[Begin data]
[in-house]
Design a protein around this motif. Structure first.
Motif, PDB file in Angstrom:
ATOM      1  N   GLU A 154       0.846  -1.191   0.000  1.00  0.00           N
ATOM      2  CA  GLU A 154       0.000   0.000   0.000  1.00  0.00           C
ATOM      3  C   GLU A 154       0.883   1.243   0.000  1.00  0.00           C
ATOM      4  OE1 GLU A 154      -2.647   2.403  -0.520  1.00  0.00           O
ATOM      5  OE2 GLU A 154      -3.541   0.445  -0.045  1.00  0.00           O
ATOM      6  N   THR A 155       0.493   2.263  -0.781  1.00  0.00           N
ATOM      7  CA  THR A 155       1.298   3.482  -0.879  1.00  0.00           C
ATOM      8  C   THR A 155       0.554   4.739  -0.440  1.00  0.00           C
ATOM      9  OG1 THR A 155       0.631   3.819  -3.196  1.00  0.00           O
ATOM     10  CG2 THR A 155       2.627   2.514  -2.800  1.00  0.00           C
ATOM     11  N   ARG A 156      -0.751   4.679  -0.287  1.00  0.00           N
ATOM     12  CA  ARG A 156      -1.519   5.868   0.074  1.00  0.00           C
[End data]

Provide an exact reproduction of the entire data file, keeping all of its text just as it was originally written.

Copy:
[in-house]
Design a protein around this motif. Structure first.
Motif, PDB file in Angstrom:
ATOM      1  N   GLU A 154       0.846  -1.191   0.000  1.00  0.00           N
ATOM      2  CA  GLU A 154       0.000   0.000   0.000  1.00  0.00           C
ATOM      3  C   GLU A 154       0.883   1.243   0.000  1.00  0.00           C
ATOM      4  OE1 GLU A 154      -2.647   2.403  -0.520  1.00  0.00           O
ATOM      5  OE2 GLU A 154      -3.541   0.445  -0.045  1.00  0.00           O
ATOM      6  N   THR A 155       0.493   2.263  -0.781  1.00  0.00           N
ATOM      7  CA  THR A 155       1.298   3.482  -0.879  1.00  0.00           C
ATOM      8  C   THR A 155       0.554   4.739  -0.440  1.00  0.00           C
ATOM      9  OG1 THR A 155       0.631   3.819  -3.196  1.00  0.00           O
ATOM     10  CG2 THR A 155       2.627   2.514  -2.800  1.00  0.00           C
ATOM     11  N   ARG A 156      -0.751   4.679  -0.287  1.00  0.00           N
ATOM     12  CA  ARG A 156      -1.519   5.868   0.074  1.00  0.00           C